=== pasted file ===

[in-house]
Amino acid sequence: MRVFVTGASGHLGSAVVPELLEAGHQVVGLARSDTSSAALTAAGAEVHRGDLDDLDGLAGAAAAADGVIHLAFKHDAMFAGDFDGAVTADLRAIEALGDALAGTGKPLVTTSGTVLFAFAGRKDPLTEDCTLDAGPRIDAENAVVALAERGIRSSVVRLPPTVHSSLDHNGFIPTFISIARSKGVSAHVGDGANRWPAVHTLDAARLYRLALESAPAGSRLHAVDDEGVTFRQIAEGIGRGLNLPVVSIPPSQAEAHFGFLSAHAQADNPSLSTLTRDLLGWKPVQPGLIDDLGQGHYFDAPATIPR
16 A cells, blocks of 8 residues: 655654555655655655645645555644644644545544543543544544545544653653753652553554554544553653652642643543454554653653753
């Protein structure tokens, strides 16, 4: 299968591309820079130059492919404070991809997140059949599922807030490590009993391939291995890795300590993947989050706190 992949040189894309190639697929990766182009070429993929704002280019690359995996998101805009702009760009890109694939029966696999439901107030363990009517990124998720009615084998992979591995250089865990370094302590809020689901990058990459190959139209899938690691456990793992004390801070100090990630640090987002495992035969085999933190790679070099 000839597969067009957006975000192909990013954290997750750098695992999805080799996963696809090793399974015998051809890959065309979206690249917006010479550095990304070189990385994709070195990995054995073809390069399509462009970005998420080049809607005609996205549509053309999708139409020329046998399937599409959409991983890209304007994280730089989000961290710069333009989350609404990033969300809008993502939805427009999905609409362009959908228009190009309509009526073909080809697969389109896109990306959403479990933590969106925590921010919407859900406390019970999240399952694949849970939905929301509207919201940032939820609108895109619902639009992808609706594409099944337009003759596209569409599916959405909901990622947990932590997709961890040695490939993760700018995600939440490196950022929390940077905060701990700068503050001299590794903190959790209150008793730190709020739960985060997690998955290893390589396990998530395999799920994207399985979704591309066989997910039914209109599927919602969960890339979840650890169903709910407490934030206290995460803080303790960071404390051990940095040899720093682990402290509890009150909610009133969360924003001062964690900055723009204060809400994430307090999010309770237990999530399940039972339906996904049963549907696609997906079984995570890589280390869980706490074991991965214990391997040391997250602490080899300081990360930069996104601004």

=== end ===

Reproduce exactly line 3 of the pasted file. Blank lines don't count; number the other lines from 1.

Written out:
16 A cells, blocks of 8 residues: 655654555655655655645645555644644644545544543543544544545544653653753652553554554544553653652642643543454554653653753